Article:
Life & Letters

Correspondence

About this Item

Title: Walt Whitman to William Sloane Kennedy, 23 June [1886]

Date: June 23, 1886

Source: The transcription presented here is derived from Walt Whitman, The Correspondence, ed. Edwin Haviland Miller (New York: New York University Press, 1961–1977), 4:35. For a description of the editorial rationale behind our treatment of the correspondence, see our statement of editorial policy.

Location: The Trent Collection of Whitmaniana, Duke University Rare Book, Manuscript, and Special Collections Library

Whitman Archive ID: duk.00813

Contributors to digital file: Stefan Schöberlein and Kyle Barton




Camden,
June 23d—p m

Yours of 21st rec'd—acknowledging mine containing note of introduction to Symonds. I suppose you rec'd the big MS of yours,1 (concordance of criticisms &c)—I returned some ten days ago—but you havn't acknowledged it—all right & satisfactory the way you propose. Take your time, & follow out & fulfil what the spirit moves you to make. I will authenticate statistics &c—


W W

When you address me, always write the New Jersey out in full on envelope. I am not at all afraid of my handwriting appearing on the printer's copy—


Correspondent:
William Sloane Kennedy (1850–1929) was on the staff of the Philadelphia American and later published biographies of Longfellow and Whittier (Dictionary of American Biography). Apparently Kennedy had called on the poet for the first time on November 21, 1880 (William Sloane Kennedy, Reminiscences of Walt Whitman [1896], 1). Though Kennedy was to become a fierce defender of Whitman, in his first published article he admitted reservations about the "coarse indecencies of language" and protested that Whitman's ideal of democracy was "too coarse and crude"; see The Californian, 3 (February 1881), 149–158. For more about Kennedy, see Katherine Reagan, "Kennedy, William Sloane (1850–1929)," Walt Whitman: An Encyclopedia, ed. J.R. LeMaster and Donald D. Kummings (New York: Garland Publishing, 1998).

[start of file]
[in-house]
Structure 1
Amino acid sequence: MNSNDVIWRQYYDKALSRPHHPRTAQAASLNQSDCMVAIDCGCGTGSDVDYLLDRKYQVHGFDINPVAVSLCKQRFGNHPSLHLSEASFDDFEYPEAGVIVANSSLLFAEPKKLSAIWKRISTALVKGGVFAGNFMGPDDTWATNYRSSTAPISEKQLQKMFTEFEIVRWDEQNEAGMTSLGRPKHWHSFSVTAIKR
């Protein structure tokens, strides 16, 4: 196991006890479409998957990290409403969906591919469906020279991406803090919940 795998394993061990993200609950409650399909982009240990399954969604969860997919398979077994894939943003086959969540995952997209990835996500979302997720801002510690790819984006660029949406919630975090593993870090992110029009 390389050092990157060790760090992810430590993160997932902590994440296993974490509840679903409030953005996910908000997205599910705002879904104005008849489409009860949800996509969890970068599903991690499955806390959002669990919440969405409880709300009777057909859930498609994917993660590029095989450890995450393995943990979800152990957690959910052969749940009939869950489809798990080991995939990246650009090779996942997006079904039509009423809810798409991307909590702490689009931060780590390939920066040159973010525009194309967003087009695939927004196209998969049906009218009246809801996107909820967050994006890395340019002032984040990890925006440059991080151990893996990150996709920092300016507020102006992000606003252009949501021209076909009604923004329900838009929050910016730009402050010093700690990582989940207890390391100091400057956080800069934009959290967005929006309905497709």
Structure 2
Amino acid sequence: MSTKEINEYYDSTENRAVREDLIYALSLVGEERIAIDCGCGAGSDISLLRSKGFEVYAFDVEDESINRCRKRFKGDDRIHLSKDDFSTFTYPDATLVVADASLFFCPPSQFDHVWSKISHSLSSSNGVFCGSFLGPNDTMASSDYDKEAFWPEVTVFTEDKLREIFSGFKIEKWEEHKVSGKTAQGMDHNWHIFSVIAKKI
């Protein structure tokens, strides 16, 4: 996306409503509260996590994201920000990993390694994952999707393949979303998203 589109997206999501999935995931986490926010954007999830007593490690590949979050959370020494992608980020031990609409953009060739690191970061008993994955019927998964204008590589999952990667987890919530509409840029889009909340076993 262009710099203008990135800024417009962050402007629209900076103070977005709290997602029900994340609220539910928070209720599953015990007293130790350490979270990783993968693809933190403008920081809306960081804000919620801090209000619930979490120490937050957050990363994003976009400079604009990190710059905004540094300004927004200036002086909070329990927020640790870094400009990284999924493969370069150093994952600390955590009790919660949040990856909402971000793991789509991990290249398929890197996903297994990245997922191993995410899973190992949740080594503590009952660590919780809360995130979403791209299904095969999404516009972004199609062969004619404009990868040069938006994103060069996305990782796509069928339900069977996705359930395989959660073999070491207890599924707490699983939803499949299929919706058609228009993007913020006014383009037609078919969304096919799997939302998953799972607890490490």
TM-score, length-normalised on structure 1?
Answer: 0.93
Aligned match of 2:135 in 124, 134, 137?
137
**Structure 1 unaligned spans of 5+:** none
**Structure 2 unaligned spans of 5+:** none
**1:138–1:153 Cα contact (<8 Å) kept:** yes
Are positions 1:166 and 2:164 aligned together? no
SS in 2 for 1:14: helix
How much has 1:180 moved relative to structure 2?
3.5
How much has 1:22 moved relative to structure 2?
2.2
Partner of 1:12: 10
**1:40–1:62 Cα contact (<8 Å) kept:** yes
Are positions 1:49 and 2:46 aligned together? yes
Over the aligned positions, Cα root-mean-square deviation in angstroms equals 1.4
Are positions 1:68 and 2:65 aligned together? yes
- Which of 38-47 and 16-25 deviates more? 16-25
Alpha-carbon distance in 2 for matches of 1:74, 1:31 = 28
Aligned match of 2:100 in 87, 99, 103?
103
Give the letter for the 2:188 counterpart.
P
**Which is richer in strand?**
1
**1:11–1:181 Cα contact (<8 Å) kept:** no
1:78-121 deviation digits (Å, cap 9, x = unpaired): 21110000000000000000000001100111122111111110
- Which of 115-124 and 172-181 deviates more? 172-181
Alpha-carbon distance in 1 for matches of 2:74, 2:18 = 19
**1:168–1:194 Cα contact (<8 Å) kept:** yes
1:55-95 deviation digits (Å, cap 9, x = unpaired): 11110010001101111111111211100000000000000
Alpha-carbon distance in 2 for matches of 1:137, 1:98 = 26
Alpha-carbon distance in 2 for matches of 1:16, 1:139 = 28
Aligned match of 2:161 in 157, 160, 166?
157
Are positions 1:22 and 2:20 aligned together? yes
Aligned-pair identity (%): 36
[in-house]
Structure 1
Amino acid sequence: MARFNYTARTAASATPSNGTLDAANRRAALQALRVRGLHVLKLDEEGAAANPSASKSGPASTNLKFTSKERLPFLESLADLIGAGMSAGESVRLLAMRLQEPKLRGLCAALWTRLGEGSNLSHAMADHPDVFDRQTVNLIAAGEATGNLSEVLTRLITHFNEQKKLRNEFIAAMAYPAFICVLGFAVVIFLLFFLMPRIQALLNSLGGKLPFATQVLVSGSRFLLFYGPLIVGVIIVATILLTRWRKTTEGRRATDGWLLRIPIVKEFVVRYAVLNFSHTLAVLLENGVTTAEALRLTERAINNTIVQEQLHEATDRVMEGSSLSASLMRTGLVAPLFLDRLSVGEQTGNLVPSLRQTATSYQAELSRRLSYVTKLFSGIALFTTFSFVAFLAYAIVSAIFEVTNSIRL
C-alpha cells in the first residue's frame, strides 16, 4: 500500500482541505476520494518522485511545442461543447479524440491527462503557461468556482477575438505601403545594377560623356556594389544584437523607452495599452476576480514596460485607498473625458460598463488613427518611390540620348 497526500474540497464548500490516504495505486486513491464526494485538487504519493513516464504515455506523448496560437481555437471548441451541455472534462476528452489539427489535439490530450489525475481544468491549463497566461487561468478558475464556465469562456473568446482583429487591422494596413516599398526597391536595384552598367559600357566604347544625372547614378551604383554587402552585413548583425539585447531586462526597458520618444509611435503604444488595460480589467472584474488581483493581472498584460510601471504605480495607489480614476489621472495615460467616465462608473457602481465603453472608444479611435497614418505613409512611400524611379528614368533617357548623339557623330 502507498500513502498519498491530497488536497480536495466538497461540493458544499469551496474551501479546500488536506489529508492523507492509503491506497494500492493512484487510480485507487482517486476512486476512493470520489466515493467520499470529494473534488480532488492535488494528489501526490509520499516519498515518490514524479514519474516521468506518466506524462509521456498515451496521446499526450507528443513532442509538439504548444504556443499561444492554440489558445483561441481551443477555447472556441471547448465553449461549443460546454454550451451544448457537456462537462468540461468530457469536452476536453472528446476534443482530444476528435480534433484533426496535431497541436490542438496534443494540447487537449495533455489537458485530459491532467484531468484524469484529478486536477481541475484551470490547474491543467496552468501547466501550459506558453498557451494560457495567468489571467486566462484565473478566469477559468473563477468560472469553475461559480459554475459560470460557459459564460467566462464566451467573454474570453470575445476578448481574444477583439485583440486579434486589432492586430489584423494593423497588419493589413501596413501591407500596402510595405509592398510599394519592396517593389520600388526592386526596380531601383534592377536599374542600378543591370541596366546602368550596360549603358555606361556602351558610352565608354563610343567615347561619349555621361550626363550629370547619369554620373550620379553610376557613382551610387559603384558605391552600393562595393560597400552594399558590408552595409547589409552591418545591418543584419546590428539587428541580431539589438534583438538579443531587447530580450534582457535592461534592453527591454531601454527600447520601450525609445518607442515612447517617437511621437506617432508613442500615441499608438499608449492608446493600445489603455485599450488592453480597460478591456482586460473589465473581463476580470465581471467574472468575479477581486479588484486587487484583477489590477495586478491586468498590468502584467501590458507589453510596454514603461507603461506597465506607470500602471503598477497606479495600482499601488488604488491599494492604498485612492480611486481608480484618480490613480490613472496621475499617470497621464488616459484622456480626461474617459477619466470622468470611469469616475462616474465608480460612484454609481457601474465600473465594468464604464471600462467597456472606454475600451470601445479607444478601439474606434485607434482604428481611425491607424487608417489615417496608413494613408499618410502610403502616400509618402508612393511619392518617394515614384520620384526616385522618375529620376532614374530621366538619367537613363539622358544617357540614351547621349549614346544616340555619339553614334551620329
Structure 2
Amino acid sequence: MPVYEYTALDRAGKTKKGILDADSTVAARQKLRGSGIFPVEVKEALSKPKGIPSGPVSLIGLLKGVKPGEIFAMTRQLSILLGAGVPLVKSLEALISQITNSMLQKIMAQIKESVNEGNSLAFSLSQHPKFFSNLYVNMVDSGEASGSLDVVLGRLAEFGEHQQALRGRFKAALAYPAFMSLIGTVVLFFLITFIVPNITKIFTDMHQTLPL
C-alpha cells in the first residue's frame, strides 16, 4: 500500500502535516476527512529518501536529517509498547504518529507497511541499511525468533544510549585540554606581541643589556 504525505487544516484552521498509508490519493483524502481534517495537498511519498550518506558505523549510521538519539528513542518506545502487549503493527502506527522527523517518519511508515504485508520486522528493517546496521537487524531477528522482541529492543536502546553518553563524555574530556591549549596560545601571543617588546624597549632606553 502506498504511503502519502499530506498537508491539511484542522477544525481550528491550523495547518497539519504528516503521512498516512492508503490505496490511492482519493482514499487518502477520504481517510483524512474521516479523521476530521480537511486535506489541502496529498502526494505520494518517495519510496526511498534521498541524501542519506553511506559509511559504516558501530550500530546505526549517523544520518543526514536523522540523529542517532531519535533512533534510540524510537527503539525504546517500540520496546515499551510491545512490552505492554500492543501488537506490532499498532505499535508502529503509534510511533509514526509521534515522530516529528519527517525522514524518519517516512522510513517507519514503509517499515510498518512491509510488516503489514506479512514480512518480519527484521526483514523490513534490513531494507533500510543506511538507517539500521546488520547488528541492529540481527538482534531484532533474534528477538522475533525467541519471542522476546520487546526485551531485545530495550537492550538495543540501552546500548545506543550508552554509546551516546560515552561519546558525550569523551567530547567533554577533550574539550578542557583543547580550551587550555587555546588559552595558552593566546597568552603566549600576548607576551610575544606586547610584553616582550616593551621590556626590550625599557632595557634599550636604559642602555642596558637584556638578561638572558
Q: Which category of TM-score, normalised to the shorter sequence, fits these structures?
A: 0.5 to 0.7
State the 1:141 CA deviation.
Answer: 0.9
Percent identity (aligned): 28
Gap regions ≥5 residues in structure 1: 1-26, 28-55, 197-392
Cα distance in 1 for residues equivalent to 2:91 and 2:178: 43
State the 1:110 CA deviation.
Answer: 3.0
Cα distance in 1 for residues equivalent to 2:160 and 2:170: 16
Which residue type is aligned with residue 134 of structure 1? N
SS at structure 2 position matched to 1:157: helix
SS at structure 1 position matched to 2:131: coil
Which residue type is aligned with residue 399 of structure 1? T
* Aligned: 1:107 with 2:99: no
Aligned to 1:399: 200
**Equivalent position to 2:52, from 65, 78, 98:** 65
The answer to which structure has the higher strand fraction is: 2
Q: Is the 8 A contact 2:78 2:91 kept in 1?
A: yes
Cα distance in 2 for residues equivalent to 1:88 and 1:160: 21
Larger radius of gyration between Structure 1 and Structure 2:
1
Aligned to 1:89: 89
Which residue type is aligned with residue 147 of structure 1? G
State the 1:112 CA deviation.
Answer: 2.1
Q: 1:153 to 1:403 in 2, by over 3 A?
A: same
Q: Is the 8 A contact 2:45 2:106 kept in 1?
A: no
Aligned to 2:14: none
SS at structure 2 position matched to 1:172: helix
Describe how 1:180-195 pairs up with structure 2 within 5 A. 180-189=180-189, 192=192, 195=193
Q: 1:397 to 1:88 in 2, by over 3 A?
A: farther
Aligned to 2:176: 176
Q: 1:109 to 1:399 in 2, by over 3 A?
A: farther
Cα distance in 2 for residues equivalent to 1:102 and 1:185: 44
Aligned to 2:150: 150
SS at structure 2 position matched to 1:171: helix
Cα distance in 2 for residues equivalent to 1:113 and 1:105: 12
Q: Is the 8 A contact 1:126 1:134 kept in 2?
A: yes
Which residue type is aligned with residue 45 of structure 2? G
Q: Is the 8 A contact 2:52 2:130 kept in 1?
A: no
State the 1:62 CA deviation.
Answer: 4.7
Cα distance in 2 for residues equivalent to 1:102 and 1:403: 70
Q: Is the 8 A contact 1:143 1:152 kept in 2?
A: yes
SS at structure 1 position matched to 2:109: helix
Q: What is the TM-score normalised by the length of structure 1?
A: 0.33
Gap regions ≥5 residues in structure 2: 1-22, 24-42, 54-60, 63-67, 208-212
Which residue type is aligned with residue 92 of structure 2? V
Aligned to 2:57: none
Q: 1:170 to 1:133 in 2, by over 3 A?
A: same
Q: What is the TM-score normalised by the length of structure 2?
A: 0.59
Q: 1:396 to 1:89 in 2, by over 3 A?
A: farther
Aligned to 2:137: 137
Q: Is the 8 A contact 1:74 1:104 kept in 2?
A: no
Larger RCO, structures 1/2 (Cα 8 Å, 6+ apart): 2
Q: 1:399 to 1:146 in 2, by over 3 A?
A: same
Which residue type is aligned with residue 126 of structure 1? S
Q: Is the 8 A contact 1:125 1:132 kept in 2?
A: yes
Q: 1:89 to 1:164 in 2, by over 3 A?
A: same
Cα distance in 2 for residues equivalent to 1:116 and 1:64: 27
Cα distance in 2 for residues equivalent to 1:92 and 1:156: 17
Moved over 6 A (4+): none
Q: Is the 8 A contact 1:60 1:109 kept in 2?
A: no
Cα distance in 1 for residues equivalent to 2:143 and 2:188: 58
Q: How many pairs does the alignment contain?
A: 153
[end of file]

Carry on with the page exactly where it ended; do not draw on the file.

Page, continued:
Notes:

1. This manuscript was the first of several drafts of what became two books, Reminiscences of Walt Whitman (1896) and The Fight of a Book for the World (1926). [back]


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